FINANCING | Don’t Let Investments Go On Vacation | latest news



Now that we’ve gained at least some space from the COVID-19 pandemic, summer travel is heating up. But while you might be anxious to hit the road, you don’t want your investments to take a vacation – you need them to work hard for you all the time. But how can you do it?







Here are some ideas:

Know your destination. “If you don’t know where you want to go, it doesn’t matter which route you take.” This piece of wisdom, paraphrased from the classic children’s book, Alice’s Adventures in Wonderland, may be suitable, for example, for hikers exploring a new landscape. But as an investor, the path you take is very important. investing, occasionally putting money into one investment or another, it will be difficult to build a portfolio that always works in your best interest. It’s important to create a long-term investment strategy based on where you want to go in life, how long you plan to work, what kind of retirement lifestyle you envision, and so on.

Match goals with investments. Some investments are designed to achieve certain goals. To illustrate: When you contribute to an IRA and employer sponsored 401 (k) or similar plan, you are investing for a specific long-term goal: a comfortable retirement. While you can tap into these accounts for other purposes – although this can result in immediate taxes and penalties – they are designed to provide you with income during your retirement years. Likewise, you may have other investments for other purposes, such as a 529 Education Savings Plan. Here’s the key point: Goal-oriented investing, by its nature, can help ensure that your wallet still works on your behalf, as you intended.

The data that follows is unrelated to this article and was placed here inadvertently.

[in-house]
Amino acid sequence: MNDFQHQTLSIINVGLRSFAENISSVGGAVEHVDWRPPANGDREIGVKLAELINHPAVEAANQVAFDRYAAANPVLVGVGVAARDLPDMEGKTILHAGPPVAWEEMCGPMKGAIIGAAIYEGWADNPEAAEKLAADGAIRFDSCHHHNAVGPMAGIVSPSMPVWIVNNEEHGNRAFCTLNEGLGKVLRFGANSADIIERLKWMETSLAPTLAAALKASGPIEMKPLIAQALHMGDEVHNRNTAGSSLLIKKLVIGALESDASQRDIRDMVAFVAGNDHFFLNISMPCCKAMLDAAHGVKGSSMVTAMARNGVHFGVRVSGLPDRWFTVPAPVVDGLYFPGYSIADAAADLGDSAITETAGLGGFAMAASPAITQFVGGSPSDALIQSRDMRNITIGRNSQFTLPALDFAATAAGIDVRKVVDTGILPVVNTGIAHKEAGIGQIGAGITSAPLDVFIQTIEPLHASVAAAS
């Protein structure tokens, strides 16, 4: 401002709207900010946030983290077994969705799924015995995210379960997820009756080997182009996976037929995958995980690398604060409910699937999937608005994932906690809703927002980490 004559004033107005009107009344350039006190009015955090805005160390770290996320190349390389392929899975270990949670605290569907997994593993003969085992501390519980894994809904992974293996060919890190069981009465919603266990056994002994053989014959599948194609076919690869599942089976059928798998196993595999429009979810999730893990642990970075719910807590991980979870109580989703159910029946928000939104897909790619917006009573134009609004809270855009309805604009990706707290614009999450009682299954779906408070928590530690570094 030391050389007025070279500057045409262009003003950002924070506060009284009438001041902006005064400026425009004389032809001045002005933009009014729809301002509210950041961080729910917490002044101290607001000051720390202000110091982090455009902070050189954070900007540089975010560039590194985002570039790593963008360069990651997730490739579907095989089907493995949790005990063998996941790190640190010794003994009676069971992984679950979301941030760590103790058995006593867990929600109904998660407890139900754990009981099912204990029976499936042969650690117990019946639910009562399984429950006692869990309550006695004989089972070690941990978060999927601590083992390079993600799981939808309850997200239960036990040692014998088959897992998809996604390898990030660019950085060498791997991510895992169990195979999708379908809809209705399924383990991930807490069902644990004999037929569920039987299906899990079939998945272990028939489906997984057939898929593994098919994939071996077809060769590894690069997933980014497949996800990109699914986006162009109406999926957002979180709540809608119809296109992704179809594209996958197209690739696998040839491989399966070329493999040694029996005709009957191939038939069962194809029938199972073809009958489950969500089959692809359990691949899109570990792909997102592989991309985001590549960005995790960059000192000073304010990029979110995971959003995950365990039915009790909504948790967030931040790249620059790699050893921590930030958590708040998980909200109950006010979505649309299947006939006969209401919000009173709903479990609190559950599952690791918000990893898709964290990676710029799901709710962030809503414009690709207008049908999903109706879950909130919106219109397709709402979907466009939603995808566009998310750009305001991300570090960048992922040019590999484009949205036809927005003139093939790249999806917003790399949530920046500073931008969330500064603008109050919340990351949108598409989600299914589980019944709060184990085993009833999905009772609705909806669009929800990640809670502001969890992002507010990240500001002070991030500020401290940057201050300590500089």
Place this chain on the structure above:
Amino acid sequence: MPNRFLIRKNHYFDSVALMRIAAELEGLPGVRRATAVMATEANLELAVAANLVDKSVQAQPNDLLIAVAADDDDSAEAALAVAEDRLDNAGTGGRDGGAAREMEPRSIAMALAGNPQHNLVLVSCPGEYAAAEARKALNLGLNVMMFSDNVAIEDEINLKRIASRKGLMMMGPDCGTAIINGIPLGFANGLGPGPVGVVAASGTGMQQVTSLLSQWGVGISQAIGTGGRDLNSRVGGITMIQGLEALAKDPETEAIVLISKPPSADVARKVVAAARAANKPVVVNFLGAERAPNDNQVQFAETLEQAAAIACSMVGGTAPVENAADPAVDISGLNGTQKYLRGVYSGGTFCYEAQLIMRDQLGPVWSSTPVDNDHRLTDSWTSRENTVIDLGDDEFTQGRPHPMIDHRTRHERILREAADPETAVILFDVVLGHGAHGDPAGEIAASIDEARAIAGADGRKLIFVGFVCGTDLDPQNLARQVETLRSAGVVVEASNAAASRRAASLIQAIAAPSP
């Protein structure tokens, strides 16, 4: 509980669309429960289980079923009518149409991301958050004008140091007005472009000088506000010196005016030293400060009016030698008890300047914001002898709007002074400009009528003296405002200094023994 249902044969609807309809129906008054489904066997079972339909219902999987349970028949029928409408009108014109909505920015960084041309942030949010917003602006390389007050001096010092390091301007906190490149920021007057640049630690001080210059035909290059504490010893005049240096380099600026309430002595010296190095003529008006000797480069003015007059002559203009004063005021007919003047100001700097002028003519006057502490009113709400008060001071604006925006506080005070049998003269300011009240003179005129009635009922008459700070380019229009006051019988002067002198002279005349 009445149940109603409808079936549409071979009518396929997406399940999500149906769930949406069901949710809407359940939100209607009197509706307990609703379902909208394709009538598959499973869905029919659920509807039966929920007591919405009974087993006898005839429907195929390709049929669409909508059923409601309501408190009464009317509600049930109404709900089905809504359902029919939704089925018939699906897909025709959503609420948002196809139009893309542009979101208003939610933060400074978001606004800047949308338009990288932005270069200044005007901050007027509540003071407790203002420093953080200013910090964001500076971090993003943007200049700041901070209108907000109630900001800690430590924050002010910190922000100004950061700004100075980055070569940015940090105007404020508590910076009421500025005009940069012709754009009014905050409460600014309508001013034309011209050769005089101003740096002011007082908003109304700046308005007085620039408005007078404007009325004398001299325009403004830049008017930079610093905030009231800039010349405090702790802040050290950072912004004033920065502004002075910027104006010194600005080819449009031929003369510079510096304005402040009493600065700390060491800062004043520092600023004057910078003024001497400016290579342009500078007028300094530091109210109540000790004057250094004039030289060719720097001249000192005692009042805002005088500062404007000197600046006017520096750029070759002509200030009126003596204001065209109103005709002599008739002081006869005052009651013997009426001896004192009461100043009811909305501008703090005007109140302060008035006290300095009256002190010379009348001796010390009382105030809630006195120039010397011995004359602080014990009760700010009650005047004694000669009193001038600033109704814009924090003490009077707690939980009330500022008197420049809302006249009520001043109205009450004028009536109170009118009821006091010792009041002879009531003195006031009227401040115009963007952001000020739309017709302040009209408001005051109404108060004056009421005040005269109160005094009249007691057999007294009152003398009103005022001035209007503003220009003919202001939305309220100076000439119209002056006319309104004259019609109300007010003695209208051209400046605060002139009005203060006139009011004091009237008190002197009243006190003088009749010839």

Investing for growth. Ideally, hard work produces results, and one of the main results you want from your investments is growth, that is, you want your investments to grow in value so that they can eventually help you. help achieve your goals. But if you’re too focused on vehicles like certificates of deposit (CDs) and government securities, you risk reducing your potential for growth. That’s not to say that CDs and Treasuries are somehow “lazy.” They can provide you with income and help you reduce the impact of market volatility on your portfolio. But to achieve most of your goals, you’ll need a reasonable number of growth-oriented investments that work for you, with an exact percentage depending on your needs and stages in your life.

Check your progress. How else can you make sure your investments aren’t just easy? By checking them. If you follow a buy and hold strategy, your portfolio shouldn’t need much change if it already reflects your goals, risk tolerance and time horizon. Too much buying and selling could compromise your ability to follow a consistent long-term strategy. However, “buy and hold” does not mean “buy and forget”. By reviewing your portfolio at least once a year, you can determine if your investments are performing as they should. If they don’t work for you the way you would like, you might need to make some changes.

If you are traveling this summer, relax and have fun, but keep working hard on those investments.

Jennifer Barrett (AAMS) is a local financial advisor to Edward Jones.

225-612-0413 | [email protected]

Edward Jones. SIPC member.

Edward Jones, its employees, and its financial advisors are not estate planners and cannot provide tax or legal advice. You should consult your estate planning lawyer or qualified tax advisor about your situation.



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